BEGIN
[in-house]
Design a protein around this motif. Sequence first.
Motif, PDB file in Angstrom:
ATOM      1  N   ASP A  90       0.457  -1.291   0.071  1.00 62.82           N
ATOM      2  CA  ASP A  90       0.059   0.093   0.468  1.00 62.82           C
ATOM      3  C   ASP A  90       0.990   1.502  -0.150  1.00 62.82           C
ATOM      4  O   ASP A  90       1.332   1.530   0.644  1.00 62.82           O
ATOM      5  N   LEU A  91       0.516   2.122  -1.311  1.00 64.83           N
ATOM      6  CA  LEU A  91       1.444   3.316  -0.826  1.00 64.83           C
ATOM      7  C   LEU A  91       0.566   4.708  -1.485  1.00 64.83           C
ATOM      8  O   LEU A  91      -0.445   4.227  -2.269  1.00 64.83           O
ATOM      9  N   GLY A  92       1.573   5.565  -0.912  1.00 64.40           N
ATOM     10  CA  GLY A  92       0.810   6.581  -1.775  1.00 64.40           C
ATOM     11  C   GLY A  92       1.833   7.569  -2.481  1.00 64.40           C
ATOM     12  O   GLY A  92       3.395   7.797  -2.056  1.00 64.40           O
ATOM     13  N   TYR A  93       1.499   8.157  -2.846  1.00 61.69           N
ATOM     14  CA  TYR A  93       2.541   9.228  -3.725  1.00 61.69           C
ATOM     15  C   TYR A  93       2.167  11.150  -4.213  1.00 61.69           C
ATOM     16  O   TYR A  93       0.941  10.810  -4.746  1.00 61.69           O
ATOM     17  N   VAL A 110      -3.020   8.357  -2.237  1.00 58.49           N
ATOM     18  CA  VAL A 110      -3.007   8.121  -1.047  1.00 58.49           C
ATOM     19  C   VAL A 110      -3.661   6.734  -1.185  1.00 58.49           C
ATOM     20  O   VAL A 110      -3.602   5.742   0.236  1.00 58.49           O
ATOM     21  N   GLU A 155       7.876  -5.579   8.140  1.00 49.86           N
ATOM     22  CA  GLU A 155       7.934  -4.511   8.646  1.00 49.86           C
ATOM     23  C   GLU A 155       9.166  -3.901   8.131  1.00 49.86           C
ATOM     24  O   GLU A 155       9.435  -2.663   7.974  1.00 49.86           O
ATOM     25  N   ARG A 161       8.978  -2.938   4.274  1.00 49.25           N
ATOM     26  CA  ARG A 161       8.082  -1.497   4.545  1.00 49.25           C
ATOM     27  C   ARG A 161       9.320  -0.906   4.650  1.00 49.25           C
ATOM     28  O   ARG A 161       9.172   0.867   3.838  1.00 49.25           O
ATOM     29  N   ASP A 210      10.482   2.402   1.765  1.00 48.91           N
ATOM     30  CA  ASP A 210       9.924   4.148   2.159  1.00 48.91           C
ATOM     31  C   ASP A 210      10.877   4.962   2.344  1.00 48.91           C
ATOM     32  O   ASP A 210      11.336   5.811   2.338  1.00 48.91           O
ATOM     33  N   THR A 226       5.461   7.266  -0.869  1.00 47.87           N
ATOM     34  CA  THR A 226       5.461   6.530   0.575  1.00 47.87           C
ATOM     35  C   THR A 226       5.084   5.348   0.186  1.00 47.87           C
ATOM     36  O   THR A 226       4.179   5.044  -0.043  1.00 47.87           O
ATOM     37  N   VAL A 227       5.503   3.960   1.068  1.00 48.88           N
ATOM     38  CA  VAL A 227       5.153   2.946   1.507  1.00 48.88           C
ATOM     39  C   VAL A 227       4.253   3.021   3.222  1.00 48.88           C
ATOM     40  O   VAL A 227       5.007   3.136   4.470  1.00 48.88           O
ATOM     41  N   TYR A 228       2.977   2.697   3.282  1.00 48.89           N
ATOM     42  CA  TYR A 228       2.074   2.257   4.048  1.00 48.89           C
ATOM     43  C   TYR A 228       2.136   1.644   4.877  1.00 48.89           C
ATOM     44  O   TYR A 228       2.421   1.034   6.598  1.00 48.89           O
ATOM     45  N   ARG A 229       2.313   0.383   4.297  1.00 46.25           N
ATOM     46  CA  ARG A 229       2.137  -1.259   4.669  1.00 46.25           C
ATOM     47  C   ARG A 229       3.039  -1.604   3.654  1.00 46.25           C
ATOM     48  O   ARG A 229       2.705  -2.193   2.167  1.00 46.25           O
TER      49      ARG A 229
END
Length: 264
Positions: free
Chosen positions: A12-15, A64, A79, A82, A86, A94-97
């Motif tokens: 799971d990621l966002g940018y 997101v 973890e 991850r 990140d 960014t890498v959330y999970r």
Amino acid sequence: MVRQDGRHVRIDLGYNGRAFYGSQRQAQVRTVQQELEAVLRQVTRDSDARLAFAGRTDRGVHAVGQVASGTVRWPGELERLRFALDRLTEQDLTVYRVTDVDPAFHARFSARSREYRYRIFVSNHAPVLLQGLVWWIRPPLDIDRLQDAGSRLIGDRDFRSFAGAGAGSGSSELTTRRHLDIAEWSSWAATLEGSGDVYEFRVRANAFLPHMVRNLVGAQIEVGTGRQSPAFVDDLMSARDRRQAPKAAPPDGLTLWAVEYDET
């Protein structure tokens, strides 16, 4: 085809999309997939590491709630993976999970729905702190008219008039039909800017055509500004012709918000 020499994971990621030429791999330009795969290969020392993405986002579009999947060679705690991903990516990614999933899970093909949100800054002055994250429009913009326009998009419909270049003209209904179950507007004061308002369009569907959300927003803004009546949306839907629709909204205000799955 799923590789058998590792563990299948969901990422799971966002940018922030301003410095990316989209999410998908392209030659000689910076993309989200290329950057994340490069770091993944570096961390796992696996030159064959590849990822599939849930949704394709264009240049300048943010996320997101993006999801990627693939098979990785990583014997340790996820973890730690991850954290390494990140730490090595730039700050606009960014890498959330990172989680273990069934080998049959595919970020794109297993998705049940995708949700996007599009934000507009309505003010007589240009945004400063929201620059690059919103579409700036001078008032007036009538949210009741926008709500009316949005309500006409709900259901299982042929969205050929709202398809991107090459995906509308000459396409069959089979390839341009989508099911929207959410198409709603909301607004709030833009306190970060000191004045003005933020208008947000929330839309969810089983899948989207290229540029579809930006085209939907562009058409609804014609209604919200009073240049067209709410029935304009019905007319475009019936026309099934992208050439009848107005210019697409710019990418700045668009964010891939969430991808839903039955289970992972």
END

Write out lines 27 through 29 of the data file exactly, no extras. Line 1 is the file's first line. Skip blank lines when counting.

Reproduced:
ATOM     24  O   GLU A 155       9.435  -2.663   7.974  1.00 49.86           O
ATOM     25  N   ARG A 161       8.978  -2.938   4.274  1.00 49.25           N
ATOM     26  CA  ARG A 161       8.082  -1.497   4.545  1.00 49.25           C